a) The first to be put on trial are the new technologies. Once it was the
TV to be demonized, and it still is today, not without reason. Blaming
technology has always been an easy scapegoat. The studies and books that
condemn the effect of a cultural impoverishment resulting from the new
technologies, and again not without reason, are many. We have also taken
this into account on our site, for example, in the review of Nicholas
Carr’s


The Shallows. What the Internet Is Doing to Our Brains


, 2010.

It is not my intention at this point to go into the technological aspects
and their possible consequences on the person and culture, which are
undeniable and ambivalent. Every new medium of communication introduces a
cultural gain and, at the same time, a loss, as McLuhan demonstrates.
Therefore, for example, the printing press extended reading to all social
strata and allowed for mandatory universal education. However, as a result,
almost the entire oral culture in all of its richness was faded out.
Television has changed the way the audiovisual generation imagines, learns,
and reasons, just as the internet is changing the habits of the media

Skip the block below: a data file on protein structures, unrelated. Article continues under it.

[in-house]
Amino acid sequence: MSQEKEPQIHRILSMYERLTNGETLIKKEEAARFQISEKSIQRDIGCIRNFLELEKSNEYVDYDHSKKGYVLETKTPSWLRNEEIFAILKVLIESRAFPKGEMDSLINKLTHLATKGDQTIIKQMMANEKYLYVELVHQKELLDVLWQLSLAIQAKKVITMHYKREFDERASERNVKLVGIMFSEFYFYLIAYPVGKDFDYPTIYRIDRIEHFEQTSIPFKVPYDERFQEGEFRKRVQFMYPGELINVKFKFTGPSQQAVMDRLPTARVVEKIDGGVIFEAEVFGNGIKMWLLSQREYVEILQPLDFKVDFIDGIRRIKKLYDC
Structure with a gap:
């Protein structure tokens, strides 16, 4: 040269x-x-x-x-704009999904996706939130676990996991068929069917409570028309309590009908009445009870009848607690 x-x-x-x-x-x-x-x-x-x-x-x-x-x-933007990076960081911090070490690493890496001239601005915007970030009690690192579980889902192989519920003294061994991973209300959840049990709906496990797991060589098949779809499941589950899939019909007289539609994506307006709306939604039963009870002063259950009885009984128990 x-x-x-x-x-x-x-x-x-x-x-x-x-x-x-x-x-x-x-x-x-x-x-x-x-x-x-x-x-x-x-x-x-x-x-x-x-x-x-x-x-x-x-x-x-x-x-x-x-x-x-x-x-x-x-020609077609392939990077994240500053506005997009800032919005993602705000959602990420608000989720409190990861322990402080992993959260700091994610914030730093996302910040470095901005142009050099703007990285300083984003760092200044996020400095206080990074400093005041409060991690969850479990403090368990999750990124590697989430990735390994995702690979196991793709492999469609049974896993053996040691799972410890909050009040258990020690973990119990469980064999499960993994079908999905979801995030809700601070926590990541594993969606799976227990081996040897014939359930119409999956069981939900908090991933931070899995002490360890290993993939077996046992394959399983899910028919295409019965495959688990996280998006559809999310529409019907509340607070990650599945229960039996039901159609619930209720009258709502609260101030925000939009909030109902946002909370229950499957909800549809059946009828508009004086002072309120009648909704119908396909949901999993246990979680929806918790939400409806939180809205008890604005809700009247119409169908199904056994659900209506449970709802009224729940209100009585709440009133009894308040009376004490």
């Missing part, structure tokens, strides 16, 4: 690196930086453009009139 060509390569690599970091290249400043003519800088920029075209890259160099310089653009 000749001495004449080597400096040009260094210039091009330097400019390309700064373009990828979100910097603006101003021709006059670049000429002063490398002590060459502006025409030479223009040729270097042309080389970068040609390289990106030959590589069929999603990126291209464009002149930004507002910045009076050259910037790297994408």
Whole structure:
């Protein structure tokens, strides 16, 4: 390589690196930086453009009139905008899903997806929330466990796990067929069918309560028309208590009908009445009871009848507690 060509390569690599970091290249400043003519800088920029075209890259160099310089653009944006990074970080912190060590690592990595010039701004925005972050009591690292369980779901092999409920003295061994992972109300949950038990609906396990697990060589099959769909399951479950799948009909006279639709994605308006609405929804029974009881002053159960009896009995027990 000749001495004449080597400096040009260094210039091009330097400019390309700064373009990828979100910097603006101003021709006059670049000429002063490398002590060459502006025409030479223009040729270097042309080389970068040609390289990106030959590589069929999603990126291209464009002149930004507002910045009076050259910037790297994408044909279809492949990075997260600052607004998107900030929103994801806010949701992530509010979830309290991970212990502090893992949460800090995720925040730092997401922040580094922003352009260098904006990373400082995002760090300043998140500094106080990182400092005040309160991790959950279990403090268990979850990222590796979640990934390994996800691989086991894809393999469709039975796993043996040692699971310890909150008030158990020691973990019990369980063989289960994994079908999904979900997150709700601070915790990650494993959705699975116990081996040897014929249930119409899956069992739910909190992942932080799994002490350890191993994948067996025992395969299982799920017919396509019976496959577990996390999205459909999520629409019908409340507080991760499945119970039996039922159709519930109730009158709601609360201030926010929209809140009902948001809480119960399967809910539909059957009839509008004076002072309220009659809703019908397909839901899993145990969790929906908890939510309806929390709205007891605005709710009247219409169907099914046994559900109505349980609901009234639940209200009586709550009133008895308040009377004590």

consumption and the mental circuits of the digital generation. (The
printing press promotes a linear, sequential, more logical thought-process
whereas an associative thought-process is favored by links). Each technical
transformation forms part of human development, and it takes generations to
get used to, assimilate and dominate it. In this process of assimilation,
that is at the same time social and personal, dysfunctions occur and are
often paid for at a high price.

b) The other culprits that may be worthy of blame are the adults, and their
indictment is not devoid of reason either. I am referring to Alessandro
d’Avenia’s analysis in his article that appeared in Avvenire on
June 10, 2010. He tells of the impressions gathered during a long journey
throughout all of Italy for conferences and meetings following the success
of his debut as a novelist with this work

White as Milk, Red as Blood (Bianca come il latte, rossa come il
sangue):

“Once after a meeting I held, I heard a professor say: ‘At school, we have
to sow doubts, not certainties.’ I don’t sow certainties, rather the desire
to live for truth, goodness and beauty. The alternative is not between
doubts and certainties, but between meaning and a lack of meaning of life. The age of sad passions (title of a book that every educator
should read) is the age that has harnessed the best resources, because the
search for truth has been removed from the center of society and
relationships. Life is no longer generated because of fear, because there